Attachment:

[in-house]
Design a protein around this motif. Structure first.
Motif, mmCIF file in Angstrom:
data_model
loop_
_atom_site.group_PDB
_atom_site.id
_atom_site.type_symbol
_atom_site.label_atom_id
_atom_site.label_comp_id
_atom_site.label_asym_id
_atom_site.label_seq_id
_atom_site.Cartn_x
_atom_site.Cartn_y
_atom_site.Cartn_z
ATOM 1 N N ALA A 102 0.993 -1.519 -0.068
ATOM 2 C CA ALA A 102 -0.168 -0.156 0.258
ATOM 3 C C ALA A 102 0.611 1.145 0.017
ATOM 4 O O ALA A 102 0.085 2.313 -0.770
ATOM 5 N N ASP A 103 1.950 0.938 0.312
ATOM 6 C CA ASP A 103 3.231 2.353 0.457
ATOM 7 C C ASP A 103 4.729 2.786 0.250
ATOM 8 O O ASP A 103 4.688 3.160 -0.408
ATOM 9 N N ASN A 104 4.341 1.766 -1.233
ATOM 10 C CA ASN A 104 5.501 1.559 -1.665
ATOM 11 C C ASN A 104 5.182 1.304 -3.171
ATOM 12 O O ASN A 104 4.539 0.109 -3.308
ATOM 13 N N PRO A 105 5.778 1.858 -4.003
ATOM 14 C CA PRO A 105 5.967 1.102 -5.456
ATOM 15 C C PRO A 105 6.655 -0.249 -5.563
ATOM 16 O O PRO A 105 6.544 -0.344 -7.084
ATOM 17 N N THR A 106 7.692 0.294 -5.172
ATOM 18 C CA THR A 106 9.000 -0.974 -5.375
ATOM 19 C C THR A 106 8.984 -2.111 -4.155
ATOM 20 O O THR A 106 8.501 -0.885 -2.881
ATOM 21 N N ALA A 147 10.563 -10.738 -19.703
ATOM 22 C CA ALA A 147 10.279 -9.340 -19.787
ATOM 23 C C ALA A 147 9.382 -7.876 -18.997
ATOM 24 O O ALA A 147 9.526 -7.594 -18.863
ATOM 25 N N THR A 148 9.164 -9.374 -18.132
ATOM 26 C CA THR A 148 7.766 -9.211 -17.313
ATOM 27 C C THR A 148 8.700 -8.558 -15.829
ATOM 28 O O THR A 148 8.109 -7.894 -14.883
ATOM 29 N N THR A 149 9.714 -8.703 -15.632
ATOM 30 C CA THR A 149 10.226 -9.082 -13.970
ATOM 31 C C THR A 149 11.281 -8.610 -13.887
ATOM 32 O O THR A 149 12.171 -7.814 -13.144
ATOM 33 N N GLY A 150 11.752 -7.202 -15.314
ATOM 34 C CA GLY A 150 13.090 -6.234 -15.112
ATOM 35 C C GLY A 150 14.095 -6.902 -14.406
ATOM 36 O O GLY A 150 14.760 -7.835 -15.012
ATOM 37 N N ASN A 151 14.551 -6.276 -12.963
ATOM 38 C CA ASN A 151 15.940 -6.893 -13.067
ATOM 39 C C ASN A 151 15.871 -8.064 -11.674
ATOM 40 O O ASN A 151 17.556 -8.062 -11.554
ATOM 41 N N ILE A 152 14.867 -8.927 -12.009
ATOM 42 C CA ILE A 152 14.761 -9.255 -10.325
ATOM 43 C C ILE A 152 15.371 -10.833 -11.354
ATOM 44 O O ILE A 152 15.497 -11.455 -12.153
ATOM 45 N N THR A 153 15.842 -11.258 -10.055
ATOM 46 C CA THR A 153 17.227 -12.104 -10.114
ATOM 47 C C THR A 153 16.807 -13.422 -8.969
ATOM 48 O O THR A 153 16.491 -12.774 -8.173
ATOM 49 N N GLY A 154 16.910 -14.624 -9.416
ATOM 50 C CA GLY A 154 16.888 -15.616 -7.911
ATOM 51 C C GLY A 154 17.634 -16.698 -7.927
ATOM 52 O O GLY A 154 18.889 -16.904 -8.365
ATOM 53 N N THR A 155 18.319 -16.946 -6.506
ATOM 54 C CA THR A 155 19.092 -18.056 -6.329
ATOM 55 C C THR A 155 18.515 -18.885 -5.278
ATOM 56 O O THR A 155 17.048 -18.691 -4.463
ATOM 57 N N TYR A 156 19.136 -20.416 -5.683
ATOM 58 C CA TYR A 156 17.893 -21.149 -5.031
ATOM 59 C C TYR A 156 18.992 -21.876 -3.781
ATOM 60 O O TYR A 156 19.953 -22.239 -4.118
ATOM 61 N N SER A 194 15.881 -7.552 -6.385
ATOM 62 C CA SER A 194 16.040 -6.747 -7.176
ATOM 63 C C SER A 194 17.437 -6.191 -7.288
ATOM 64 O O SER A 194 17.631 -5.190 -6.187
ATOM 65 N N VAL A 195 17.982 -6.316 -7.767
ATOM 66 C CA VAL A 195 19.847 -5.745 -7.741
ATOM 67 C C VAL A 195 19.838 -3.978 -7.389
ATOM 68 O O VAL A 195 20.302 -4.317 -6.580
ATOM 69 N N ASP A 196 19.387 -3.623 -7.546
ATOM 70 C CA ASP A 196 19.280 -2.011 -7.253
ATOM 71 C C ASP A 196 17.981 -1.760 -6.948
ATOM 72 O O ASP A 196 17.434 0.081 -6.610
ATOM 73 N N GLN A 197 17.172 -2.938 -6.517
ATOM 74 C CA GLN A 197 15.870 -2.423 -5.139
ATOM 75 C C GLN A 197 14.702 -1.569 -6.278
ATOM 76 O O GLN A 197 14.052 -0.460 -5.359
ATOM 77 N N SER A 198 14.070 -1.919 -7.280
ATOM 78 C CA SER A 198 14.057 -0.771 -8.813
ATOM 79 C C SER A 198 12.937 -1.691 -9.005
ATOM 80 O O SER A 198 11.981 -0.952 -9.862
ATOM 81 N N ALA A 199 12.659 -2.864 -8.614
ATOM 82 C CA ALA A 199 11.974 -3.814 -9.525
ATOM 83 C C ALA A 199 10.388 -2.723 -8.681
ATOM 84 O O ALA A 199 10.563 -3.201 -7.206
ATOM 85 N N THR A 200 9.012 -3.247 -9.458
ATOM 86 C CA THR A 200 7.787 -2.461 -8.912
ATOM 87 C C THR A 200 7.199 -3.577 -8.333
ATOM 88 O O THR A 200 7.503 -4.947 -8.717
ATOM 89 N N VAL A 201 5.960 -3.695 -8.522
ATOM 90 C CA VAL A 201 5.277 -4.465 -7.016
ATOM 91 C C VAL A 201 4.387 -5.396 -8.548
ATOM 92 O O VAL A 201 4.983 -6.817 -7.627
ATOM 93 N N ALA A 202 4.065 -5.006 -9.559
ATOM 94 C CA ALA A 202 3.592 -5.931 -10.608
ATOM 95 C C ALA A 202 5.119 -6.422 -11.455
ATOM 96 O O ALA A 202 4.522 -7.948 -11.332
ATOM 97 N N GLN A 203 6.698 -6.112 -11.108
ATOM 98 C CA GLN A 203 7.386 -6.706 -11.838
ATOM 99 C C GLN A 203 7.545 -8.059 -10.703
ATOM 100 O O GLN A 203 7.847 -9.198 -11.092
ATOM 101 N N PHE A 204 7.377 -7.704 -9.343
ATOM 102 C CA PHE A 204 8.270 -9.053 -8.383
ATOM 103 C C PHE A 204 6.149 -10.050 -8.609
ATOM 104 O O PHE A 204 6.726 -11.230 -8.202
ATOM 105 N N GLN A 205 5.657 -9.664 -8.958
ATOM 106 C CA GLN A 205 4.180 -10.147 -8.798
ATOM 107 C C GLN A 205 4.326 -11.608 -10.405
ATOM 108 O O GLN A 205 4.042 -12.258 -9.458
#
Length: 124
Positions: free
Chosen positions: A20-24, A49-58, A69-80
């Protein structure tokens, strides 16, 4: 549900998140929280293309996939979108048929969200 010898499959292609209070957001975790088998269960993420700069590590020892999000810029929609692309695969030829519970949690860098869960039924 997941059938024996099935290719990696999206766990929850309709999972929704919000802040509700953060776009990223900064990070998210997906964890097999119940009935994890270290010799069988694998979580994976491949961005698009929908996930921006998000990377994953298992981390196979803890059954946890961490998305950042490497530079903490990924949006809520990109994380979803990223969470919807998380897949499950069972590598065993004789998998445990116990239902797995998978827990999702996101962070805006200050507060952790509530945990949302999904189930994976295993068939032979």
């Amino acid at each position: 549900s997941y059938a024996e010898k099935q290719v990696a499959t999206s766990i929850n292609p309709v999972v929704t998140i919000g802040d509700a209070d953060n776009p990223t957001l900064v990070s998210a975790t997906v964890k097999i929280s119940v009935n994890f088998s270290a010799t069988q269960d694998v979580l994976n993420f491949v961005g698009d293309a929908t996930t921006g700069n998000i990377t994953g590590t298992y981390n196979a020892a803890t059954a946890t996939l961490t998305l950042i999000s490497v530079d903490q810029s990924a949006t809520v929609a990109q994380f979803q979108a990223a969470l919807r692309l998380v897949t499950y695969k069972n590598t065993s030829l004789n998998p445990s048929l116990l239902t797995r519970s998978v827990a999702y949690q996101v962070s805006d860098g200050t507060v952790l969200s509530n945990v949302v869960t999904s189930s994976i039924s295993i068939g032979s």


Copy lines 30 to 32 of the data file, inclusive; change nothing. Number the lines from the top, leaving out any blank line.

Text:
ATOM 15 C C PRO A 105 6.655 -0.249 -5.563
ATOM 16 O O PRO A 105 6.544 -0.344 -7.084
ATOM 17 N N THR A 106 7.692 0.294 -5.172